Office Treasures: No Horse Thievery Here

Their CVs tell one story, but the things professors surround themselves with tell another
Michael Roberts
Michael Roberts, a lecturer in Tufts’ Boston School of Occupational Therapy, is a member of the Society in Dedham for Apprehending Horse Thieves, and has the certificate to prove it. Photo: Kelvin Ma
January 25, 2013

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In the latest installment of an occasional series, we visit the office of Michael Roberts, a lecturer in Tufts’ Boston School of Occupational Therapy.

Its members include popes, most of the American presidents, George Armstrong Custer and Mikhail Gorbachev—and Michael Roberts, a lecturer in Tufts’ Boston School of Occupational Therapy. Roberts and his more famous brethren are members of the Society in Dedham (Mass.) for Apprehending Horse Thieves, and he has a certificate on his office wall to prove it. Founded in 1810, the organization bills itself as “the oldest existing horse thief apprehending organization in the United States.”

How exactly was Roberts able to join such an august group? Anyone, it turns out, can apply. Membership, which over the years has numbered some 10,000 people, is approved by the majority of those attending the organization’s annual meeting—and it’s no problem if an applicant doesn’t even know that he or she has been nominated. “You can be admitted even if you have no idea the organization exists,” offers Roberts to explain how all those aforementioned notables got in.

A must for local politicians and business people, the annual get-togethers at a local restaurant are lively events. There are plenty of speeches and bad jokes, as well as generous amounts of food and drink.

Members are asked to pay $10 for a lifetime membership, with the money going into an account established in 1838 at the Dedham Savings Bank. The society uses the money for expenses and also makes charitable donations. It is believed to be the oldest private bank account used continuously in the United States.

Roberts, who is his department’s academic fieldwork coordinator, lives in Dedham and decided to join two years ago, thinking it would be a good way to get involved in the community.  

The certificate in question. Photo: Kelvin Ma

While the annual dinners are now a humorous affair, the origins of the organization were quite serious. At the turn of the 19th century, Dedham struggled with a missing-horse problem, the modern equivalent of a rash of stolen motor vehicles. On June 4, 1810, “in an expression of public outrage,” according to the society’s website, a number of Dedham citizens assembled at Marsh’s Tavern to combat horse thievery.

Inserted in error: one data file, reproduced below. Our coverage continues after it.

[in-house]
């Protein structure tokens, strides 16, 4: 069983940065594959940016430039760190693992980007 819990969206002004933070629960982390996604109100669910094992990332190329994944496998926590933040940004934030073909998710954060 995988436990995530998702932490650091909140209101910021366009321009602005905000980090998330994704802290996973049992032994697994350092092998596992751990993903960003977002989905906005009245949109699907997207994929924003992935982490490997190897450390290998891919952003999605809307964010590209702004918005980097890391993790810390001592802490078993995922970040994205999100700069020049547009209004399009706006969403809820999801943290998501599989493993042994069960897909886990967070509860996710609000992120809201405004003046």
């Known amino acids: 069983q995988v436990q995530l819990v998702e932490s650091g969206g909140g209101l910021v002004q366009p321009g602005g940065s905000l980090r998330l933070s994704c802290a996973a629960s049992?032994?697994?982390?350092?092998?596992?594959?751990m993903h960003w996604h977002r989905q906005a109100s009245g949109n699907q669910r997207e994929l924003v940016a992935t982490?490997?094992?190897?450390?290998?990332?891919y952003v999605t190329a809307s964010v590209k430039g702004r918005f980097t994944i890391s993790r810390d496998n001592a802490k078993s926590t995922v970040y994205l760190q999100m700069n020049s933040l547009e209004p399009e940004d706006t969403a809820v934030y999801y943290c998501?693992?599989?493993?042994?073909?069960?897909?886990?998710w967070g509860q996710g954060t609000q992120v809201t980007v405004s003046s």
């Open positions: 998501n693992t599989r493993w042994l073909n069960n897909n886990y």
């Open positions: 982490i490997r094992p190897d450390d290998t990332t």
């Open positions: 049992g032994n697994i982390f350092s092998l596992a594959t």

If your horse was stolen 200 years ago, Roberts says, “you were in dire straits, as it could be crucial to your livelihood as a farmer or provide you access to trade. There hasn’t been a horse stolen in Dedham in 100 years, and I think the society is a big part of that.”

The society is very New England, he notes. “It’s got history and shows a community taking care of itself. I picture a bunch of village men in the early 1800s sitting around a tavern, pounding tankards on a table, demanding something be done.”

Despite allusions to “villains” who continued to perpetrate “the atrocious practice” of horse thievery, meetings were apparently quite dull until the turn of the 20th century, when a local veterinarian, Edward Knobel, took the reins of the organization and transformed its mission into a social event.

The society has turned down some applicants, most notably the Ayatollah Khomeini, whose name was put forth unsuccessfully by one member, and Robert Ripley, whose membership was suggested years ago at a time when there were geographical requirements. “Dear Mr. Ripley,” the clerk treasurer wrote then, “Since you are not a resident of Dedham (or Norwood or Westwood, or Dover or Norfolk County) you cannot join our Society. Believe it or not, Charles Gibson.”

Geographical constraints exist no longer, and Roberts says he hopes more of his friends and neighbors join, “because if a horse does get stolen in Dedham again, we’ll need as many hands on deck that we can get.”

Marjorie Howard can be reached at marjorie.howard@tufts.edu

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